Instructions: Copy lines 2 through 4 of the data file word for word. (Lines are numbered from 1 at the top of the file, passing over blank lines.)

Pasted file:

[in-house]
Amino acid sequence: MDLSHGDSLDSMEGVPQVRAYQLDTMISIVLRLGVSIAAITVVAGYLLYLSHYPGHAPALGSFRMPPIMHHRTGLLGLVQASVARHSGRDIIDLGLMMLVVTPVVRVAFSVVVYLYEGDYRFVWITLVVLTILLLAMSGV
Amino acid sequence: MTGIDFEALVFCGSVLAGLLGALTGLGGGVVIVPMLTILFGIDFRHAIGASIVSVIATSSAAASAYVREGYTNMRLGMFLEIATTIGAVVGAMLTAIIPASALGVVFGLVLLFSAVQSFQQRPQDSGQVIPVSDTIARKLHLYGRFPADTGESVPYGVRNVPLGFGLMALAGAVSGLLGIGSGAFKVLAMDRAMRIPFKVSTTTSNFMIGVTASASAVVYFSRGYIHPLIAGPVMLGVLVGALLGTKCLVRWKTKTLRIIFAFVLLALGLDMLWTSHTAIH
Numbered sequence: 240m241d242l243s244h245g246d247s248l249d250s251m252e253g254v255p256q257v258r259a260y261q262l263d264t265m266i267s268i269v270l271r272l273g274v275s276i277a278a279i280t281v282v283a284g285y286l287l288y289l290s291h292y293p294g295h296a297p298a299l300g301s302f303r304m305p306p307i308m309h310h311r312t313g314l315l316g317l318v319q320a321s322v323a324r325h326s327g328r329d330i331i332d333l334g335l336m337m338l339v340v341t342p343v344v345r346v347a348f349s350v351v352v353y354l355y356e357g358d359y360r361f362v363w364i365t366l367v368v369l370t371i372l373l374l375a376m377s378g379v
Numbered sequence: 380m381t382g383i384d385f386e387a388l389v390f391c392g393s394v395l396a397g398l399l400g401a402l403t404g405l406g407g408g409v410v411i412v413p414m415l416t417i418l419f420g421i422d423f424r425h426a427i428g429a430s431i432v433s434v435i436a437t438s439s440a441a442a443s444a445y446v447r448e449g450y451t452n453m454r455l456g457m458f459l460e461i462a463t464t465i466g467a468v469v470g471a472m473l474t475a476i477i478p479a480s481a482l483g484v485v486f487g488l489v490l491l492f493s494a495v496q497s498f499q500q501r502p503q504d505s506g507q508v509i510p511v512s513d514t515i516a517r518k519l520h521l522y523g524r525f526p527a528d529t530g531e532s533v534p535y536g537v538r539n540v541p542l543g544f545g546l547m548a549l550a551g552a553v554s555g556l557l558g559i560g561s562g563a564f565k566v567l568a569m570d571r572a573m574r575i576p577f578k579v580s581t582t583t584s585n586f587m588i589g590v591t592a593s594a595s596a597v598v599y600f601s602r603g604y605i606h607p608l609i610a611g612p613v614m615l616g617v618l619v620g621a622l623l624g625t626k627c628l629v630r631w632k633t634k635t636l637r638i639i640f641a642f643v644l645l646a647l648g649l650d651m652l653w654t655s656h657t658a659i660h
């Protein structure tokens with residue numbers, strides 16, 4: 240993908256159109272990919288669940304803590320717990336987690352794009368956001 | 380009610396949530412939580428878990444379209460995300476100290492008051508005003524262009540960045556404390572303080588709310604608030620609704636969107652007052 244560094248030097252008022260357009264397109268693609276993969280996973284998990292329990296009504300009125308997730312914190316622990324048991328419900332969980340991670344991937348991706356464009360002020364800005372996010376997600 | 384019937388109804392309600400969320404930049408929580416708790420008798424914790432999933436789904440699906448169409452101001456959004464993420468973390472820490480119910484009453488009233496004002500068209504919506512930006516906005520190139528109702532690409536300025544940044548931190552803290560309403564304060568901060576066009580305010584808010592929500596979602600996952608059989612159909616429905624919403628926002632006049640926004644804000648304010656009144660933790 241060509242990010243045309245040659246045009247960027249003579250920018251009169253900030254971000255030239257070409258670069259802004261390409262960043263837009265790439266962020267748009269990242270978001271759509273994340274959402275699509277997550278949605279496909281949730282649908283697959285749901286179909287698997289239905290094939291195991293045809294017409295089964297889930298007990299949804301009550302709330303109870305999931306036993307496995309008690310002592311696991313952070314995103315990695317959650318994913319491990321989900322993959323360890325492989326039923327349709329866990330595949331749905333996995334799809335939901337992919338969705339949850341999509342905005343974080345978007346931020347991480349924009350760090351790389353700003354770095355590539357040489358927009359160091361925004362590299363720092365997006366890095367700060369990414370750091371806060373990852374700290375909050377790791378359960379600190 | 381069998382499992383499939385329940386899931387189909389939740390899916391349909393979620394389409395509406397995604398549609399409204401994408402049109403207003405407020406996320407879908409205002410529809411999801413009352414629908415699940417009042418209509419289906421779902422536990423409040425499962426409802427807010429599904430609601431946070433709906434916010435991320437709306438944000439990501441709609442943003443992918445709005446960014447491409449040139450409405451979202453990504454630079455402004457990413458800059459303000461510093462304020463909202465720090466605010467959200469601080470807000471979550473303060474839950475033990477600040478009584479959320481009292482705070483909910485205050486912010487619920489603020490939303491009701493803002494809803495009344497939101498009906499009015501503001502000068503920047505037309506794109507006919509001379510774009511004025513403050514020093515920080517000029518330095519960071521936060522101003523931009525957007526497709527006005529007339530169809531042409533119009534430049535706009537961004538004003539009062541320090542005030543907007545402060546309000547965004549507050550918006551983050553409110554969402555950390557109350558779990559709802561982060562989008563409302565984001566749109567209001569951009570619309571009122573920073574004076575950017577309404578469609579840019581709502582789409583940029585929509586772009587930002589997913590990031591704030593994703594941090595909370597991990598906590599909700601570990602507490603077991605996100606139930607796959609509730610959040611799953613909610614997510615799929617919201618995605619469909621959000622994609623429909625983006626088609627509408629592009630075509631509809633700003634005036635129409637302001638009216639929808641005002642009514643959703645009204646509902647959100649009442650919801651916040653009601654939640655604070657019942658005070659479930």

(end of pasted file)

Amino acid sequence: MDLSHGDSLDSMEGVPQVRAYQLDTMISIVLRLGVSIAAITVVAGYLLYLSHYPGHAPALGSFRMPPIMHHRTGLLGLVQASVARHSGRDIIDLGLMMLVVTPVVRVAFSVVVYLYEGDYRFVWITLVVLTILLLAMSGV
Amino acid sequence: MTGIDFEALVFCGSVLAGLLGALTGLGGGVVIVPMLTILFGIDFRHAIGASIVSVIATSSAAASAYVREGYTNMRLGMFLEIATTIGAVVGAMLTAIIPASALGVVFGLVLLFSAVQSFQQRPQDSGQVIPVSDTIARKLHLYGRFPADTGESVPYGVRNVPLGFGLMALAGAVSGLLGIGSGAFKVLAMDRAMRIPFKVSTTTSNFMIGVTASASAVVYFSRGYIHPLIAGPVMLGVLVGALLGTKCLVRWKTKTLRIIFAFVLLALGLDMLWTSHTAIH
Numbered sequence: 240m241d242l243s244h245g246d247s248l249d250s251m252e253g254v255p256q257v258r259a260y261q262l263d264t265m266i267s268i269v270l271r272l273g274v275s276i277a278a279i280t281v282v283a284g285y286l287l288y289l290s291h292y293p294g295h296a297p298a299l300g301s302f303r304m305p306p307i308m309h310h311r312t313g314l315l316g317l318v319q320a321s322v323a324r325h326s327g328r329d330i331i332d333l334g335l336m337m338l339v340v341t342p343v344v345r346v347a348f349s350v351v352v353y354l355y356e357g358d359y360r361f362v363w364i365t366l367v368v369l370t371i372l373l374l375a376m377s378g379v